Volatility Spillovers and Contagion in Emerging Europe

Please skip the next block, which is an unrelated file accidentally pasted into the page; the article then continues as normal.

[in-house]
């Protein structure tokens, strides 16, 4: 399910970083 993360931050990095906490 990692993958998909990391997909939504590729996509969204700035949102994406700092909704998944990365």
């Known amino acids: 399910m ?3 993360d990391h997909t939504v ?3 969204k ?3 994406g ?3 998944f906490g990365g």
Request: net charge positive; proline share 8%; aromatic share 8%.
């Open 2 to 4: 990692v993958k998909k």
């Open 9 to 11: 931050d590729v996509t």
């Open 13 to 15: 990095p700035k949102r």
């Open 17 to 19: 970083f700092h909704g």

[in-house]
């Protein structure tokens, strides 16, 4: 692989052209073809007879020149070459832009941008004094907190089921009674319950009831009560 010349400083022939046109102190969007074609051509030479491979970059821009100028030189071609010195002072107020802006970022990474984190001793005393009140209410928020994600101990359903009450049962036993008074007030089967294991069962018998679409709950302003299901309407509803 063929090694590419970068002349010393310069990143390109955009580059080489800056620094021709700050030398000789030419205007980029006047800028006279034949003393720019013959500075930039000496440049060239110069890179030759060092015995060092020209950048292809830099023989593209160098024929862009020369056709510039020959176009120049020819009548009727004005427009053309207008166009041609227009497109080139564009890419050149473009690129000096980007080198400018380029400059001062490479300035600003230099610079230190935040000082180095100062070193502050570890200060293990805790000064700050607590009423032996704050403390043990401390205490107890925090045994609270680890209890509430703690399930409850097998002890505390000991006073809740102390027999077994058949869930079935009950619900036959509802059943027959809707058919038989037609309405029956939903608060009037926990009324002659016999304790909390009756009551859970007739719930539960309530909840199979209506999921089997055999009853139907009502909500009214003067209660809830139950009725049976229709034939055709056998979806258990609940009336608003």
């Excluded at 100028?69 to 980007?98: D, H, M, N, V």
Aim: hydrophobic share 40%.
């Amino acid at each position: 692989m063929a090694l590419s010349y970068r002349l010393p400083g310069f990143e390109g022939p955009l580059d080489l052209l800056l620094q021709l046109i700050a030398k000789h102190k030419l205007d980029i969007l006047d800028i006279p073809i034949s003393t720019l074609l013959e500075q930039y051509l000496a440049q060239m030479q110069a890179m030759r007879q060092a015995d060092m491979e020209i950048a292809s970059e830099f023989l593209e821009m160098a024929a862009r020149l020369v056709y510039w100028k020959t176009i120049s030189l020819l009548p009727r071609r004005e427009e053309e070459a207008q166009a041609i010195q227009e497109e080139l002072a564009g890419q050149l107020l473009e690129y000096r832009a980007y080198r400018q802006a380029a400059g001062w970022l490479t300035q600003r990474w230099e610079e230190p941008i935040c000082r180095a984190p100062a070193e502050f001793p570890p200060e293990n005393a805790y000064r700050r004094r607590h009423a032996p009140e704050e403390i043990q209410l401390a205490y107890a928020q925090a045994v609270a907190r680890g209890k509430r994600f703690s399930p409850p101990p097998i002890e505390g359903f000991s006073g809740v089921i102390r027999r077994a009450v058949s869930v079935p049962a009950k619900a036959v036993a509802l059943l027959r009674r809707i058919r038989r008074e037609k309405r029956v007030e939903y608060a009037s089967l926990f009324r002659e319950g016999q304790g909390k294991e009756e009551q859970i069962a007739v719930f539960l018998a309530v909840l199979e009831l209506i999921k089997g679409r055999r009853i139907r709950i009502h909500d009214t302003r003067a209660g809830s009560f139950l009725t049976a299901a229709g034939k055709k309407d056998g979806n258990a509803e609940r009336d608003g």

What is the relationship between the two largest emerging financial markets of Eastern Europe, Russia and Poland, and how do they impact the region’s stock markets? The purpose of this paper is to examine the role of these two countries in regional volatility by examining their effect on two separate phenomena: financial volatility, defined here as long-term interrelations, and contagion, a more short-term phenomenon. Utilizing bivariate DCC-GARCH modeling, this paper estimates long-term volatility spillover effects and short-term contagion effects and their origins during several periods of financial crisis in the Central and Eastern European region. Our results show that the long-term impact of volatility in the Russian market is much more substantial than that of Poland in Central and Eastern Europe, with this disparate impact corresponding to each country’s level of market capitalization. Additionally, our results show that Russia served as a source of short-term contagion for neighboring countries during its banking crisis in 2004 and during the Russian stock market fall in 2008. Poland had comparatively less effect on the region during the Global Financial Crisis. Moreover, the entrance of Poland into the European Union in May 2004 had no impact on stock markets in the region in terms of enhancing contagion.